wave time (center)

Six-minute version; recorded 2007 on Maui, Hawai'i within gathering material for THE GLOBAL ELEMENT art installation project; soundscape in cooperation with composer Rama Gottfried (USA).

The original 30fps (HD) recording of 14 seconds on Hawai’i was slowed down in sophisticated digital post production processing to a new, hyper slo-mo original work piece of 14 minutes duration. It allows the viewer a discreet, tho almost scientific approach to study the motion manifestations of the elementry forces involved in such a constellation. In a sense alike to a traditional sea piece painting, moving at an extremely slow speed, it offers the viewer a contemplative, intimate experience of the waters in their motions.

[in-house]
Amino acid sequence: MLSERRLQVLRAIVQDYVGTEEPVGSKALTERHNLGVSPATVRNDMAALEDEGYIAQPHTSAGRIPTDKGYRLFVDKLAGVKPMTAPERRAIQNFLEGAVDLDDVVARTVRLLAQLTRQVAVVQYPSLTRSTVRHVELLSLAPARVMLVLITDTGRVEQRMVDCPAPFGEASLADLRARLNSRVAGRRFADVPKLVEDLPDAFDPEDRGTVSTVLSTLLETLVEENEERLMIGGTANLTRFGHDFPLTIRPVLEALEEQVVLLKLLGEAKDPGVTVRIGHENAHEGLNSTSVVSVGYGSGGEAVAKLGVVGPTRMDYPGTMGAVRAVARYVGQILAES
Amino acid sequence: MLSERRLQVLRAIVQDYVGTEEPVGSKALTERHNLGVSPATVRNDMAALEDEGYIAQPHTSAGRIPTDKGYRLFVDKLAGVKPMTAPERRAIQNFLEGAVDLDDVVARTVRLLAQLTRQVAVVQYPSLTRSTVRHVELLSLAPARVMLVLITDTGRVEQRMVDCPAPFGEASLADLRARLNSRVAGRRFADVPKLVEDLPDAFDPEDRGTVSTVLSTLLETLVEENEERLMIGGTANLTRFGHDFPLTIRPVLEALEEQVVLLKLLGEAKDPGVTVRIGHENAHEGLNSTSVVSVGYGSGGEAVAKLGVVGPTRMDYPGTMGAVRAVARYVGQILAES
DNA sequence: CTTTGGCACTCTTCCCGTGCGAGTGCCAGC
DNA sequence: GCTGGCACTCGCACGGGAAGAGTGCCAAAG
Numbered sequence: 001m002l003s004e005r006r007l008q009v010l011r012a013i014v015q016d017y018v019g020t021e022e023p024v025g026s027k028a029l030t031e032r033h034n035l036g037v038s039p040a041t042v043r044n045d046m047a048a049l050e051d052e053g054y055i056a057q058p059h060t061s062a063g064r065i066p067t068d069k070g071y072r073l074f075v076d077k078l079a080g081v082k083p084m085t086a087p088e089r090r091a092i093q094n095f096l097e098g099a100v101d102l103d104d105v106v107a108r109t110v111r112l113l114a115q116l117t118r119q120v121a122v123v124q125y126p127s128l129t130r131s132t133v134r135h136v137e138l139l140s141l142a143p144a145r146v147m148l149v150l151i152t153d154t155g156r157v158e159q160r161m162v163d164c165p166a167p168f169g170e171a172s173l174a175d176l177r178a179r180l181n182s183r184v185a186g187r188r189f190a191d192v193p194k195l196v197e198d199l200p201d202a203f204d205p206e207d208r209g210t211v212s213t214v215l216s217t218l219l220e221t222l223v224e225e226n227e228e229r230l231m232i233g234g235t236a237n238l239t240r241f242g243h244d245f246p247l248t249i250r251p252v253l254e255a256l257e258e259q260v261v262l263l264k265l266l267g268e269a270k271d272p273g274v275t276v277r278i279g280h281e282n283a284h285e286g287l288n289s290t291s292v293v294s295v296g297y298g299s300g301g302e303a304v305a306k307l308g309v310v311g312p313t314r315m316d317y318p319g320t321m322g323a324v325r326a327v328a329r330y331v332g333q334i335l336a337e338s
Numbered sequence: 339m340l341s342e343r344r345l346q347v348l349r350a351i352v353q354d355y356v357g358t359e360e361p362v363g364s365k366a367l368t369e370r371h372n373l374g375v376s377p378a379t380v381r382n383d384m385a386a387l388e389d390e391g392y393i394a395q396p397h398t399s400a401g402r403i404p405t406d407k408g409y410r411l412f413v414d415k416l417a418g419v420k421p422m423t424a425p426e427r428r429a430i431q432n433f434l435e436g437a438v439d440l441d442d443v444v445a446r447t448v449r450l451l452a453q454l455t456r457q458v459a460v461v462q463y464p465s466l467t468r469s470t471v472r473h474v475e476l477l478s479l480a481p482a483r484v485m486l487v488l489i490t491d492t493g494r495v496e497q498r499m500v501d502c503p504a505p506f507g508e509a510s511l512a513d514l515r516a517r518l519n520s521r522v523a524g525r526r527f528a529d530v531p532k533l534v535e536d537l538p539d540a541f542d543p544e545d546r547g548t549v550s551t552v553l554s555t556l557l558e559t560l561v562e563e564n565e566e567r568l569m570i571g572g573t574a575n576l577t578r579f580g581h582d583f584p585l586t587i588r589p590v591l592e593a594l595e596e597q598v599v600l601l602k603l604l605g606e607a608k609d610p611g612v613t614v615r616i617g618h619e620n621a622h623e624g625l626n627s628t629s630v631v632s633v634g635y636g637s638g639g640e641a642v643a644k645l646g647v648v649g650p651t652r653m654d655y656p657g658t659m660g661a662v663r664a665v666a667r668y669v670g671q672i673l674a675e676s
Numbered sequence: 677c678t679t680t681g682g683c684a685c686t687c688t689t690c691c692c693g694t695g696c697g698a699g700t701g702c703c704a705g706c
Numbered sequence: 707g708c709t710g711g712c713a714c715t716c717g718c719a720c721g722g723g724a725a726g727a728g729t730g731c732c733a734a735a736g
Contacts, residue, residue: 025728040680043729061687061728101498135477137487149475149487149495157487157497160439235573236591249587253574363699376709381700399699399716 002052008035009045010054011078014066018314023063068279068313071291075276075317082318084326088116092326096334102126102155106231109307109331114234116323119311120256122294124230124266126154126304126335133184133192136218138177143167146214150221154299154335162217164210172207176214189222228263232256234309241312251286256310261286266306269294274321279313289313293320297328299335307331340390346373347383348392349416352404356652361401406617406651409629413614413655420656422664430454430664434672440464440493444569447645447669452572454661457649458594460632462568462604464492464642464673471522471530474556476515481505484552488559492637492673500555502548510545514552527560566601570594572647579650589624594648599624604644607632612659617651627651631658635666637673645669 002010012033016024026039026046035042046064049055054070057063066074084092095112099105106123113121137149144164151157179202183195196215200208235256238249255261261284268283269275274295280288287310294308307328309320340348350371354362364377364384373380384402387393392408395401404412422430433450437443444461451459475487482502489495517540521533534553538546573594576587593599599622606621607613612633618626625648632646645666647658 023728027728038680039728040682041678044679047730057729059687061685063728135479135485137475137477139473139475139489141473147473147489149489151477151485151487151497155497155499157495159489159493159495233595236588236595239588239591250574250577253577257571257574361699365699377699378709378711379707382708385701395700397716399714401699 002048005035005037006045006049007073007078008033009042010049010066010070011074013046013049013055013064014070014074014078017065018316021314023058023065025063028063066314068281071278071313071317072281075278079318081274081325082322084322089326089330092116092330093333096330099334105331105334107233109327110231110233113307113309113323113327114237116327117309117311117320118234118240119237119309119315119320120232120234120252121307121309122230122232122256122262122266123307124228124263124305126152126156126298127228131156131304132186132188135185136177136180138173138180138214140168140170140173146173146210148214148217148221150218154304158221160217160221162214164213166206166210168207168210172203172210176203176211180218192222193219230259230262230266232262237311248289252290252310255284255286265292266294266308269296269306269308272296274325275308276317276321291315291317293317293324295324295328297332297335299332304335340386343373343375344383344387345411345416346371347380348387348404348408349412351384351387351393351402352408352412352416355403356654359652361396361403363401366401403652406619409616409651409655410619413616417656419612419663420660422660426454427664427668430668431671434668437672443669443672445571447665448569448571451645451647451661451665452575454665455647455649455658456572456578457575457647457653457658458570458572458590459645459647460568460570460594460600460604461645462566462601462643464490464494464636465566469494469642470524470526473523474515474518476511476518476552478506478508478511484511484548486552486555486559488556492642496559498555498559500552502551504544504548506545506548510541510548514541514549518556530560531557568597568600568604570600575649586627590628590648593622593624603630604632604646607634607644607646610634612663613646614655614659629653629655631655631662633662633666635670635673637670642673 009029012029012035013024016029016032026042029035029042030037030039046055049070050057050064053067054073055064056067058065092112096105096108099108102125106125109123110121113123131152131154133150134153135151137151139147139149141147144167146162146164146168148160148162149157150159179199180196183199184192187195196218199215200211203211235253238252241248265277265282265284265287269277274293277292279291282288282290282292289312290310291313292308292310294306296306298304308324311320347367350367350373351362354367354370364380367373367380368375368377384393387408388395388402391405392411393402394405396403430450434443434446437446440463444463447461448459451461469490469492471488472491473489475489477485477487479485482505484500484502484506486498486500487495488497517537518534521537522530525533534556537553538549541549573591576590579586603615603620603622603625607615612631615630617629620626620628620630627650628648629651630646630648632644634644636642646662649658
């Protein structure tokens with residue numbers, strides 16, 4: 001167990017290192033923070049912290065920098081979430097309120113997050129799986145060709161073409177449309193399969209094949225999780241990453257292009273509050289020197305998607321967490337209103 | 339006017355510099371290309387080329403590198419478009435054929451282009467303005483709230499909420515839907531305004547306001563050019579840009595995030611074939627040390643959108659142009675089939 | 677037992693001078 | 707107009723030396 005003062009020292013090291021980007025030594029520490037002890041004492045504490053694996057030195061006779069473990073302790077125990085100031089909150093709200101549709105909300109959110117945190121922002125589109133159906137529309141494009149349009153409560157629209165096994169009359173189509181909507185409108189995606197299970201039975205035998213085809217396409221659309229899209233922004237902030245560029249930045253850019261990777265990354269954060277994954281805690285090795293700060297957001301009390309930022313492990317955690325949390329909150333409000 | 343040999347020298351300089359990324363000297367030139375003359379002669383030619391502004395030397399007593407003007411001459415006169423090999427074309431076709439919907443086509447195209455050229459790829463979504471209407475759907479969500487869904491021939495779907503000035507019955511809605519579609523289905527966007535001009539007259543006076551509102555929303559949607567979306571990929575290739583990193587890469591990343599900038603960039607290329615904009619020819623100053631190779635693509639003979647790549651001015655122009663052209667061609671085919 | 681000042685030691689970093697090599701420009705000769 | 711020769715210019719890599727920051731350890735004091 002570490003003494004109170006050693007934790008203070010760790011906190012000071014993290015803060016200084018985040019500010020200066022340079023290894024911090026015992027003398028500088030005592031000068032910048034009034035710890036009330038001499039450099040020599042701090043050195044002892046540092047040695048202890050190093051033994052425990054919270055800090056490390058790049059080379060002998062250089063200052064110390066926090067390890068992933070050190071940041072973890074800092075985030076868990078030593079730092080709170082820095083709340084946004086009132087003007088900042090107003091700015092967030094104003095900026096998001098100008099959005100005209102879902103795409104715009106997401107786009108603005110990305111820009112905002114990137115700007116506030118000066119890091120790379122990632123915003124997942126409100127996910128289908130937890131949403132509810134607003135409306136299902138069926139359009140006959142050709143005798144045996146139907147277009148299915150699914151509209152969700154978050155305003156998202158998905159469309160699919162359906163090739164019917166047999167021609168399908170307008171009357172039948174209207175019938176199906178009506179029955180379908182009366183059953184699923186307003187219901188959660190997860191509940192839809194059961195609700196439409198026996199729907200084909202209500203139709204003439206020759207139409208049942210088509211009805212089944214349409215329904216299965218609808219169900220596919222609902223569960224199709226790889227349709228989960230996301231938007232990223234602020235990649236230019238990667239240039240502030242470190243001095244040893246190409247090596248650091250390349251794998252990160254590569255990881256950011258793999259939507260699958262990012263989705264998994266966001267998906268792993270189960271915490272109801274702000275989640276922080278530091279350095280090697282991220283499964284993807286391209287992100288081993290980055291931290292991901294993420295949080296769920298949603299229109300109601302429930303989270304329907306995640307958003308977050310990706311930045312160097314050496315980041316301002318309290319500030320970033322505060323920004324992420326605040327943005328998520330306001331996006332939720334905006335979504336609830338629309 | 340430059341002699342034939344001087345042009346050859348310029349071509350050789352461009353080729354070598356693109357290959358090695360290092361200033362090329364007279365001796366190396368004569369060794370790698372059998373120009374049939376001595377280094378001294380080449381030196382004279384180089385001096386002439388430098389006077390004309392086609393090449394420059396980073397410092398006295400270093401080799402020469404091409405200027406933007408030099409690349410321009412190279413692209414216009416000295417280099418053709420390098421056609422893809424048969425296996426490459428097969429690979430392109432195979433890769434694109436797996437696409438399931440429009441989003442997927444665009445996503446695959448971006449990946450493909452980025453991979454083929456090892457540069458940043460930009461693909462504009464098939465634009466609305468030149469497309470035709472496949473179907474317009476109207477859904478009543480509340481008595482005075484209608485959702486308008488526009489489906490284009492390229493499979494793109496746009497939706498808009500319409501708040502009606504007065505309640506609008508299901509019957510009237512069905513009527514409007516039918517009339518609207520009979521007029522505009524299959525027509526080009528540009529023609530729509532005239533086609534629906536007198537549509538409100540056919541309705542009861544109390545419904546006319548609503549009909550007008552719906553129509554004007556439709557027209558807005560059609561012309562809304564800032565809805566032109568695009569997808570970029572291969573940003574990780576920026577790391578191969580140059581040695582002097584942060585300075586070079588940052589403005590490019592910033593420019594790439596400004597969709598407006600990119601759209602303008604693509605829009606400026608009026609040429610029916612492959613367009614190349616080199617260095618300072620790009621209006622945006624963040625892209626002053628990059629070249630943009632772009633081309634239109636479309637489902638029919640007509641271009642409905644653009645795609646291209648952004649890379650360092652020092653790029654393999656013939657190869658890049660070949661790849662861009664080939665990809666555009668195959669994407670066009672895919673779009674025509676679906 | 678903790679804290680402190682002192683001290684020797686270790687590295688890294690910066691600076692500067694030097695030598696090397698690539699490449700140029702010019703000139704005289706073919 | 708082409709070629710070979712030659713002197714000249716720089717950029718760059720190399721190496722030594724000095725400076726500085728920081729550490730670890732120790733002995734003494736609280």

The workpiece refers to Katsushika Hokusai’s famous woodcut ”Kanagawa-oki nami-ura” (The Great Wave off Kanagawa). An example of ukiyo-e, it was published sometime between 1830 and 1833 during the Edo Period as the first in Hokusai's series Thirty-six Views of Mount Fuji (Fugaku sanjūrokkei (富嶽三十六景), and is his most famous work. The wave is likely to be a large okinami – literally "wave of the open sea" and depicts an enormous wave threatening boats near the japanese prefecture, portraying the powers of Nature.
In his work, michael hawk sets the motion speed close to zero frames per second, or non-motion - in association with the Zen approach of experiencing reality bordering an open spacetime continuum.


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